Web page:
Note: While this question focuses on 2FA, it can be framed in broader terms: Can a process that undeniably offers a specific feature be perceived as possessing that feature, even if users don't acknowledge it?
It is true that if a feature is not perceived as a feature by a person, it is missing the affordance for that person. That means that that person will consider that feature to be non-existent.
But security is not an affordance, but the fact that you can enter your login details to get to your account is. Logging in is never a goal of a user, it's a necessary step to get to the goal. The actual goal is behind the security steps, on the account page of the user. And when you add an extra step it is only an extra distraction from that goal. We people have a very limited short-term memory and 2FA adds a few dangerously distracting actions to the login process: If you're not already working on your mobile, you'll need to pick that up first, then you have to open the authentication app and copy the code over or remember it and type it in elsewhere. It's probably more effort than most people are willing to do. And most people won't even understand why it's needed or why it makes the application more secure. But that misunderstanding doesn't make the application less secure.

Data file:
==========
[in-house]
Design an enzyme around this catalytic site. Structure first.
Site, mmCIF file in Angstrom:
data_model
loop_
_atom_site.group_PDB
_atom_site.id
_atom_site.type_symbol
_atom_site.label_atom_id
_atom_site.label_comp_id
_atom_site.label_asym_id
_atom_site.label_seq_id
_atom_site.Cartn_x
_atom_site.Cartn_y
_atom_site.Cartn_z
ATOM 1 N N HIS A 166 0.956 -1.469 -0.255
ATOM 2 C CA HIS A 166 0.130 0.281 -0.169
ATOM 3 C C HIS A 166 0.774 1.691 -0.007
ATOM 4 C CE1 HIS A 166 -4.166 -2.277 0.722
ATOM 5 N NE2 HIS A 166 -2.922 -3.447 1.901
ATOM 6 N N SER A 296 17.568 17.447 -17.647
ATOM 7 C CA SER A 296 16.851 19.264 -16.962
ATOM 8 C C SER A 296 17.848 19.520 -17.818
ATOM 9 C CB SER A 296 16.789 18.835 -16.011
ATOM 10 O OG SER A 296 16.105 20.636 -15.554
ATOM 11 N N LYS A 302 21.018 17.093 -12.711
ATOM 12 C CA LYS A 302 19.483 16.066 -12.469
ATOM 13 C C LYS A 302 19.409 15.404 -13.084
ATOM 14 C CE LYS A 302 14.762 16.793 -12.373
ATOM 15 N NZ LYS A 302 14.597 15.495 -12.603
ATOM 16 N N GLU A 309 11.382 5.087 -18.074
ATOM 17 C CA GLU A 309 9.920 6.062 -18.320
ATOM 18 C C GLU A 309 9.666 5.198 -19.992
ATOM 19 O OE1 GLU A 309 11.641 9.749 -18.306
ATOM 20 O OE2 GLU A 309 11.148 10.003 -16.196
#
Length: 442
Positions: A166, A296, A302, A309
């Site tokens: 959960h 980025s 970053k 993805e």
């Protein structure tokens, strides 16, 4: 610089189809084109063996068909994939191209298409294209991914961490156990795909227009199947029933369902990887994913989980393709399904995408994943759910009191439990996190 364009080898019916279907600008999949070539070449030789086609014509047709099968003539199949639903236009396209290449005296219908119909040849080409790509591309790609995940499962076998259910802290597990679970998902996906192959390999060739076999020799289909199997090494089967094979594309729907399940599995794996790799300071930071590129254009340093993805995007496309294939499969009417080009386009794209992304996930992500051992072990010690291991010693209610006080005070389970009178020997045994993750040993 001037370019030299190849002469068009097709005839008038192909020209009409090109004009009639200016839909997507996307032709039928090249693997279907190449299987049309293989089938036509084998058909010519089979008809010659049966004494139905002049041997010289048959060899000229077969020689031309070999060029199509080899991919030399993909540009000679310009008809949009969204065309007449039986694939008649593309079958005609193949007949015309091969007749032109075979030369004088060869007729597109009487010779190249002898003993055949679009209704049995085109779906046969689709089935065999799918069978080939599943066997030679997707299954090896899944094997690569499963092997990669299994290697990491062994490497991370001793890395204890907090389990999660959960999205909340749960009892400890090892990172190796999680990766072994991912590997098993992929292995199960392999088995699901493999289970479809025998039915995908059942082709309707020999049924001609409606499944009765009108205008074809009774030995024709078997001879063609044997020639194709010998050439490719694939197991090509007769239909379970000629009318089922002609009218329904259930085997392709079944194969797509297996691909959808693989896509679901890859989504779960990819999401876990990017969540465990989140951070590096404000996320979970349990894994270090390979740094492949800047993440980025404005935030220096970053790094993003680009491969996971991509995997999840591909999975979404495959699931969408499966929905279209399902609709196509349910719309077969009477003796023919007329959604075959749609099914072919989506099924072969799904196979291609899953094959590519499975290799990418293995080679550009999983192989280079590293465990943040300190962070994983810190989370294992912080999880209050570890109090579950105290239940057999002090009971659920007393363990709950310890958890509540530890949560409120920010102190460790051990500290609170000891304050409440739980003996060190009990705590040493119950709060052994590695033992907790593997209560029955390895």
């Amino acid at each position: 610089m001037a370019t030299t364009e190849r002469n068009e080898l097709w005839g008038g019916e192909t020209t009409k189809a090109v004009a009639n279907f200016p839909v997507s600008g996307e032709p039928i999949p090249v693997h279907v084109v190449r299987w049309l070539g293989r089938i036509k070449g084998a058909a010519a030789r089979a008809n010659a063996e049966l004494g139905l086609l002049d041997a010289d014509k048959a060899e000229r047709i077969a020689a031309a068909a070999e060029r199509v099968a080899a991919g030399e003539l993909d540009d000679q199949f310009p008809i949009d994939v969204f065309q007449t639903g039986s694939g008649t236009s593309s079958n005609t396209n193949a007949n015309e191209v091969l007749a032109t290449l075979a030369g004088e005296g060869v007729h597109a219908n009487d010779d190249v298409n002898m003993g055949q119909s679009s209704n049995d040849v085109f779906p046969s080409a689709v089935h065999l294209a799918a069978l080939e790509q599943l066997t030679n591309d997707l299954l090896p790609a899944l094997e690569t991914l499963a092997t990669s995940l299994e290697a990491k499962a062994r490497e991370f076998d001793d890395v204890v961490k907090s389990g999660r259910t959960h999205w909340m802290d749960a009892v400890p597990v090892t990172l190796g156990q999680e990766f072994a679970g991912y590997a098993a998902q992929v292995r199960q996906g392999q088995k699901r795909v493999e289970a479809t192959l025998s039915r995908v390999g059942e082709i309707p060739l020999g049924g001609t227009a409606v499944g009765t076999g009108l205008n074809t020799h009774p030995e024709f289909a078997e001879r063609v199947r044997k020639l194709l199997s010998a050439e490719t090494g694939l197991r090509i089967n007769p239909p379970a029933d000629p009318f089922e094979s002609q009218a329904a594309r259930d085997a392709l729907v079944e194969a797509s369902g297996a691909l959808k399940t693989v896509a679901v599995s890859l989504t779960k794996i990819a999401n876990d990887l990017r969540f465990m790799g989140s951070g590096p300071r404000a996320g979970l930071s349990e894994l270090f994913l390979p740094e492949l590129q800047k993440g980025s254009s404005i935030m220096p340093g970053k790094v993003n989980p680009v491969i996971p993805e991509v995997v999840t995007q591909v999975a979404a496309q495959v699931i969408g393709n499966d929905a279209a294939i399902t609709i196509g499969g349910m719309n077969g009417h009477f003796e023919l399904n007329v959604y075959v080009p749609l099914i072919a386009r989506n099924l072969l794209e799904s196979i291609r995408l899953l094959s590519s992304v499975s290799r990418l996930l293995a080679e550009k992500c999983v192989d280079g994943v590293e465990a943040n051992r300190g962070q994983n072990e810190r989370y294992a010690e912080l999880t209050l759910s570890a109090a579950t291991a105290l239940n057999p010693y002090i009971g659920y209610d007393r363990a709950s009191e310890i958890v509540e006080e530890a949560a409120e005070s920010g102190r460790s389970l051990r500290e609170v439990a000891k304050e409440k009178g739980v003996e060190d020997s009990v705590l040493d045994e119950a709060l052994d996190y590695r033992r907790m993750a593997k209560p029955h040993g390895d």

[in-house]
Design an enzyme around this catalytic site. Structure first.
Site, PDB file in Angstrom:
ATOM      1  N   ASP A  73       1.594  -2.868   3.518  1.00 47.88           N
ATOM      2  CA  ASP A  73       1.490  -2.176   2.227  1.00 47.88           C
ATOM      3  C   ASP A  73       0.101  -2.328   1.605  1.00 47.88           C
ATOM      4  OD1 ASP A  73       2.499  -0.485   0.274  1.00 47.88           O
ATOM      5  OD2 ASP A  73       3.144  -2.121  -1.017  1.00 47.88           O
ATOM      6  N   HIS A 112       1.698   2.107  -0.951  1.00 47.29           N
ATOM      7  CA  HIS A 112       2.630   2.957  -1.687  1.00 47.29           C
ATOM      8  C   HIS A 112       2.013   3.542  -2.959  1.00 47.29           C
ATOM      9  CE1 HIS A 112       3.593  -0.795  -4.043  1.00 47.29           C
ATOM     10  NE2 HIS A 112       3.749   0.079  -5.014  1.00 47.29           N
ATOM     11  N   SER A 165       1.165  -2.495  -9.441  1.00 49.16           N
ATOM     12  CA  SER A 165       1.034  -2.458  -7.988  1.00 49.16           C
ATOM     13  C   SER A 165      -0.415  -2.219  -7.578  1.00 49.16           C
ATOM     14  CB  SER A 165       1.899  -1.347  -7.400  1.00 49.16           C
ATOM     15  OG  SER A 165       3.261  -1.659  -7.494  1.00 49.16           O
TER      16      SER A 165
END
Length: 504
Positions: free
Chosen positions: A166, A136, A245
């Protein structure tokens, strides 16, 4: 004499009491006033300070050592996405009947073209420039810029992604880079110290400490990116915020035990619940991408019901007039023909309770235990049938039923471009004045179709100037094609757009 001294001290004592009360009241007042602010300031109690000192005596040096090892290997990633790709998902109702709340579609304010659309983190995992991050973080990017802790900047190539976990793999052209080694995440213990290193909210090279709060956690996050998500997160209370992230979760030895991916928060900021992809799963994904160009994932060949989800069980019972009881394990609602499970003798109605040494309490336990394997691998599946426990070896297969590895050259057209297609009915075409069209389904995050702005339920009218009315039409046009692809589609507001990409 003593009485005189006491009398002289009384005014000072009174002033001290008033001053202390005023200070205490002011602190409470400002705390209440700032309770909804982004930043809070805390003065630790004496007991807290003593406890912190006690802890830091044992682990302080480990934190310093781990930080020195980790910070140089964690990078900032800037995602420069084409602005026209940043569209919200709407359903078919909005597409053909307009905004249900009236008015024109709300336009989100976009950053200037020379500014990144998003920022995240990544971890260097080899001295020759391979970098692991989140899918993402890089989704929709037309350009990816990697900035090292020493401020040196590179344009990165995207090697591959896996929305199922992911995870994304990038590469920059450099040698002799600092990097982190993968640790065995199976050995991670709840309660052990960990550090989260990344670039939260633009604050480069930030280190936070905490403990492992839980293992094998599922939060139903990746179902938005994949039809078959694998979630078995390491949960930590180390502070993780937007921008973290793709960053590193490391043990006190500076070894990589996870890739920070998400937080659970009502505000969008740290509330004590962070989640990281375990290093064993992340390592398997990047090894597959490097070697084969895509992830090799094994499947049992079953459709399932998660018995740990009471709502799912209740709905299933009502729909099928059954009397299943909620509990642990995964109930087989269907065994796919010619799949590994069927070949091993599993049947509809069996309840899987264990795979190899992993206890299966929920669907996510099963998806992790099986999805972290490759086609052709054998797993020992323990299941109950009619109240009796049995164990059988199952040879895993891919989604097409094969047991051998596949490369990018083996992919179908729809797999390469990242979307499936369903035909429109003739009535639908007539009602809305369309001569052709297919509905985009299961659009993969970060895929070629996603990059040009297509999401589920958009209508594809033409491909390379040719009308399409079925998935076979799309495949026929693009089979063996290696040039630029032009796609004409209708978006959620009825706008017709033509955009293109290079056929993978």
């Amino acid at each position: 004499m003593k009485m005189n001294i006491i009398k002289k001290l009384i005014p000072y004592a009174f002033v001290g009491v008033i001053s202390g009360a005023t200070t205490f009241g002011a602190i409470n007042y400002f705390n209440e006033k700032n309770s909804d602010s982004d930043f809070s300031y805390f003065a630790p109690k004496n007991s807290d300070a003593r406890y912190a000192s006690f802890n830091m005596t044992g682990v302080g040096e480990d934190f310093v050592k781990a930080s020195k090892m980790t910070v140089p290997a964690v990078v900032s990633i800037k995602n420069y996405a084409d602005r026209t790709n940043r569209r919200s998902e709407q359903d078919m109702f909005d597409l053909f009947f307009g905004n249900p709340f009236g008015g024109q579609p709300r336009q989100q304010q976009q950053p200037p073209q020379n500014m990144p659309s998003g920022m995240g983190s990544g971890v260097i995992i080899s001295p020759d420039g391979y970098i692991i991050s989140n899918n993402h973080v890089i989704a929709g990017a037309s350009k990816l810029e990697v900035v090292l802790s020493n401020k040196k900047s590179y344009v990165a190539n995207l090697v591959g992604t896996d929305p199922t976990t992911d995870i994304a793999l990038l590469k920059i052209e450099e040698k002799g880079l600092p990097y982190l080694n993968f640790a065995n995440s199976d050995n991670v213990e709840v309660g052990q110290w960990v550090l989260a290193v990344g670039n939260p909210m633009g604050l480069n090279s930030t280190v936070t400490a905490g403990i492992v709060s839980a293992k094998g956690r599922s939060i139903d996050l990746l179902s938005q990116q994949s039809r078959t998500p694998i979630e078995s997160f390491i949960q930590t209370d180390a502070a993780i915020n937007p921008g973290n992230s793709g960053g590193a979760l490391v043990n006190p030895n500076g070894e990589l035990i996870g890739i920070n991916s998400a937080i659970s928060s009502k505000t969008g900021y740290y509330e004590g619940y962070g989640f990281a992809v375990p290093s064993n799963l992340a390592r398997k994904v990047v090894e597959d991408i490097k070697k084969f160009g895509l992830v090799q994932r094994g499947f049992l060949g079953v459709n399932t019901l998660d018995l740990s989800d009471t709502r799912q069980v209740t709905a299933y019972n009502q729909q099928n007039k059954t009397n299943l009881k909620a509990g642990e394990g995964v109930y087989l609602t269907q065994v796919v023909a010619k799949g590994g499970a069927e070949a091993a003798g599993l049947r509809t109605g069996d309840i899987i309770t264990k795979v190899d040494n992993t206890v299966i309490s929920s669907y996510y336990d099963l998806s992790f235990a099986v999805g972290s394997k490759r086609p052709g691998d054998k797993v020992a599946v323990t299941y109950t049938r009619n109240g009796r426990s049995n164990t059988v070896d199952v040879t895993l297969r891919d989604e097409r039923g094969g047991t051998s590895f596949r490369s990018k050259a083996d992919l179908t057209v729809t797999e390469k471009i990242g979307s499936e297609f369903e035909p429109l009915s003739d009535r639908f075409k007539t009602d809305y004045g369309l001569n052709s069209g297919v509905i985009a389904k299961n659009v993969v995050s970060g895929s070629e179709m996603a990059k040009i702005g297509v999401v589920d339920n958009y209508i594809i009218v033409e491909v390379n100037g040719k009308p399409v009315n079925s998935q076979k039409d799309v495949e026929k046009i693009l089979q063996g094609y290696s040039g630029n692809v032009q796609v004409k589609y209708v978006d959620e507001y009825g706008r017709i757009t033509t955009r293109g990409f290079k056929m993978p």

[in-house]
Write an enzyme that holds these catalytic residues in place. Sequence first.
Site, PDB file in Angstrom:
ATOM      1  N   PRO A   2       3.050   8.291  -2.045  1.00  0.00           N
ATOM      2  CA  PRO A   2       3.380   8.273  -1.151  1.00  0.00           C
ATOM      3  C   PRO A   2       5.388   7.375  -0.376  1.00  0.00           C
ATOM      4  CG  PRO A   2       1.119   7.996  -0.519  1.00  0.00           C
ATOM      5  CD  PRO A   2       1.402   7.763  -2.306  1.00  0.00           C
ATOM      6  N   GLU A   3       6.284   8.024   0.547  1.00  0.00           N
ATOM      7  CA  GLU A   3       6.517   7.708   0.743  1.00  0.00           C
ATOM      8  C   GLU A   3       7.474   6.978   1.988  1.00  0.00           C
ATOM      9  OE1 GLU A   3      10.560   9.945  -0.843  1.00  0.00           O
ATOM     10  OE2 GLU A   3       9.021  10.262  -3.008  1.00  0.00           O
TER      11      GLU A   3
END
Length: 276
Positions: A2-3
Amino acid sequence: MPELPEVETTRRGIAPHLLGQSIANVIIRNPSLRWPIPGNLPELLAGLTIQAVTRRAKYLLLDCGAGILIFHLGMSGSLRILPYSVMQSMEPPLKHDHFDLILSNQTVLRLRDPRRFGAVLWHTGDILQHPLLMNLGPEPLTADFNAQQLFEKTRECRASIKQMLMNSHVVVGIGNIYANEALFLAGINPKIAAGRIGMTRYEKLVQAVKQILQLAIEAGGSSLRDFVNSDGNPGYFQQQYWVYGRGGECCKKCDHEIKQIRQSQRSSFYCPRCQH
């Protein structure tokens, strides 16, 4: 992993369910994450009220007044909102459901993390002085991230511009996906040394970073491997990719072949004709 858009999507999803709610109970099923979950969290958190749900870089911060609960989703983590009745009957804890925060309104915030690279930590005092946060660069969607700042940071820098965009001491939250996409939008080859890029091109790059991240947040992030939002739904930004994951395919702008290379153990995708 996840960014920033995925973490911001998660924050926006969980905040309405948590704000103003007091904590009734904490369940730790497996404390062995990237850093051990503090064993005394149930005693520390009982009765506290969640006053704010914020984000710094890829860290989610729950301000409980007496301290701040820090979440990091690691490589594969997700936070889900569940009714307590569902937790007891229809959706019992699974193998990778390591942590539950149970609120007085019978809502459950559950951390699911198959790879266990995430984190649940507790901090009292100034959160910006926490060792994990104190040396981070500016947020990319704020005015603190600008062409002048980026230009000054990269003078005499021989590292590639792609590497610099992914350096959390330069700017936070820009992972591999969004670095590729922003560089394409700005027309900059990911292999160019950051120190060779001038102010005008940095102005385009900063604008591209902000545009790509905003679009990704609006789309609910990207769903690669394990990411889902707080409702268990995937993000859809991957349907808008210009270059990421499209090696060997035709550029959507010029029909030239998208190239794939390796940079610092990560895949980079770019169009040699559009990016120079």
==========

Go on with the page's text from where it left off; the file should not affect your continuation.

The bottom line is that you don’t “use” security. It’s just there. If 2FA is proven to be more secure but people don’t perceive it as such, the feature of added security may not be there for them. But the application (or process) using 2FA can still be considered (and is still proven) to be secure. If 2FA is what you want to protect people’s accounts, you just need to find a more convincing way to sell it.